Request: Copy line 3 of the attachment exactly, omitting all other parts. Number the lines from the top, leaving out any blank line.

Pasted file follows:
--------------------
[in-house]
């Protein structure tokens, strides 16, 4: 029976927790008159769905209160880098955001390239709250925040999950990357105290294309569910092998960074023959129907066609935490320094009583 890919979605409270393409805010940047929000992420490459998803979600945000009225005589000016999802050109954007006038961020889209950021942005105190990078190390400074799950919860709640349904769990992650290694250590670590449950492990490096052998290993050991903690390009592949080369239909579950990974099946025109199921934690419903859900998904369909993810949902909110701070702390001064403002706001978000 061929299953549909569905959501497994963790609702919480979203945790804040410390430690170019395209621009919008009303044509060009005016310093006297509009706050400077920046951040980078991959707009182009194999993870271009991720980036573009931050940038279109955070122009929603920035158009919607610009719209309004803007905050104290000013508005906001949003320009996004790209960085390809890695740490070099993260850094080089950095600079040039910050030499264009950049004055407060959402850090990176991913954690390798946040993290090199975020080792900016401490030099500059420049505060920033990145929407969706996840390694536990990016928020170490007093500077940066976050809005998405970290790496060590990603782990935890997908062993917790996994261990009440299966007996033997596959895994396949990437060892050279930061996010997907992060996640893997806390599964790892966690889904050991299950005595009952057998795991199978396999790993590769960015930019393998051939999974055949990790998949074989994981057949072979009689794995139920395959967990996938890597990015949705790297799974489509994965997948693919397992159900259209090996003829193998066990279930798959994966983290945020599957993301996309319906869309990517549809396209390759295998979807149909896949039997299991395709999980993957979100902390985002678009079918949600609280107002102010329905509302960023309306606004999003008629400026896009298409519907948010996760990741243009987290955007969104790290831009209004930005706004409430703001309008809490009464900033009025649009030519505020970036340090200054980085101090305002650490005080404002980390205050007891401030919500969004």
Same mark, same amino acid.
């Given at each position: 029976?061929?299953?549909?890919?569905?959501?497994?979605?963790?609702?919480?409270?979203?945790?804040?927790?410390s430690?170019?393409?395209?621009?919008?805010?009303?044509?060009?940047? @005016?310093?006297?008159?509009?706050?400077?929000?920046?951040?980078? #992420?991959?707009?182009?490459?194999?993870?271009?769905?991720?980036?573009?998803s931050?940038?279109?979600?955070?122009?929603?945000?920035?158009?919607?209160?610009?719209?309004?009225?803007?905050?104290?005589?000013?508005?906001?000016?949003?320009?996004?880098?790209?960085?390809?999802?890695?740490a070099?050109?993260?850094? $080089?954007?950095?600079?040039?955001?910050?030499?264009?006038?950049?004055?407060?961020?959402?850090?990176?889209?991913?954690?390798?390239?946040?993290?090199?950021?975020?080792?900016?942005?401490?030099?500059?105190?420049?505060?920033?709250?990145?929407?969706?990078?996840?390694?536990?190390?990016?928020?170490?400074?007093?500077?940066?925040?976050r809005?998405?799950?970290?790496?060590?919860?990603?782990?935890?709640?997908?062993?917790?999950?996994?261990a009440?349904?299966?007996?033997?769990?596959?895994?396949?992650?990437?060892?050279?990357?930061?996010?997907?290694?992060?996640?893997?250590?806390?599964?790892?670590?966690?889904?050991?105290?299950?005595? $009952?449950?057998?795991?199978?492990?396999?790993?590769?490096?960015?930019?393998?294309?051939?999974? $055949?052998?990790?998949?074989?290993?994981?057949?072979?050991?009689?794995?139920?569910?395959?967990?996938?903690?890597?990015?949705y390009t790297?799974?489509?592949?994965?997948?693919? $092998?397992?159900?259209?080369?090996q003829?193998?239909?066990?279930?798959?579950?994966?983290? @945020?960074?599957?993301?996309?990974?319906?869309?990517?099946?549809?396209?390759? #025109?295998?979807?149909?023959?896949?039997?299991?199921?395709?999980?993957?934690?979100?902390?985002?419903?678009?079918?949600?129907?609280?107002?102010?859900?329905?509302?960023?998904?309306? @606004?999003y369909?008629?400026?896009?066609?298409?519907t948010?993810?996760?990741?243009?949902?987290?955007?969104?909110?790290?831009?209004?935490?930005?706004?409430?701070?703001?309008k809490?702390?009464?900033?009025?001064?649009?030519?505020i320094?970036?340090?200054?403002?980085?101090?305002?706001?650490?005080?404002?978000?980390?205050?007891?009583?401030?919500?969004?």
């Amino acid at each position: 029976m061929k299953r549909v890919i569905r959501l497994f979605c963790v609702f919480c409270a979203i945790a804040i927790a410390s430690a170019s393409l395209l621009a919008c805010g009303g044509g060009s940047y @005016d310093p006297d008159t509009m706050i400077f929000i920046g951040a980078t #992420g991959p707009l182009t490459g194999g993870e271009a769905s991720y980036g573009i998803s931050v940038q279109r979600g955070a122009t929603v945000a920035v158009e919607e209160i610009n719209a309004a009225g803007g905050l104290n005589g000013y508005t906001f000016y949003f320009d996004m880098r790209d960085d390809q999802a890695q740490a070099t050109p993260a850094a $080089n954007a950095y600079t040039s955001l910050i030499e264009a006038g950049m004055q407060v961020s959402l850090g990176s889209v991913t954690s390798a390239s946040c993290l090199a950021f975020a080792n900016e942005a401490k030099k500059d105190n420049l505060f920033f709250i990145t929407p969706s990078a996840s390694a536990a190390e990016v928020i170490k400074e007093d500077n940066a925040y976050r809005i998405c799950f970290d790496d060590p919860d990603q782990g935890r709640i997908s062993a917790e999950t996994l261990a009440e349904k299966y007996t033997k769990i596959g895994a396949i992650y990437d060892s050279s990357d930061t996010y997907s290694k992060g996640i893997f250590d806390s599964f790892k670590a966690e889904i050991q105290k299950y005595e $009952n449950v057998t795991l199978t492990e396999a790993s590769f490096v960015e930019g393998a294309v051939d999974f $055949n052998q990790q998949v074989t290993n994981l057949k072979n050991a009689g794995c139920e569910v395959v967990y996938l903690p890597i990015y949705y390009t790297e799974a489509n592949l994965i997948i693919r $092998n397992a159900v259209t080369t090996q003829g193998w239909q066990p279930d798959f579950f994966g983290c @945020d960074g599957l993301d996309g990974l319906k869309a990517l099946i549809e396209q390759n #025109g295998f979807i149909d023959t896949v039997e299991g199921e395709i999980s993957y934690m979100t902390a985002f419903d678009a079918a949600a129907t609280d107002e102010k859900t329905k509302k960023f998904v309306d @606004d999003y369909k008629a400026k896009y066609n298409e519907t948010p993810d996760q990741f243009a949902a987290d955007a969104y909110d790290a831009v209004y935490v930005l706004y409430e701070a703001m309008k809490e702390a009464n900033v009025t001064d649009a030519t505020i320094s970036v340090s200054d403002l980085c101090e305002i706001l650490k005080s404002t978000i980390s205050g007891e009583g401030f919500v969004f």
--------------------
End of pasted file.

Same mark, same amino acid.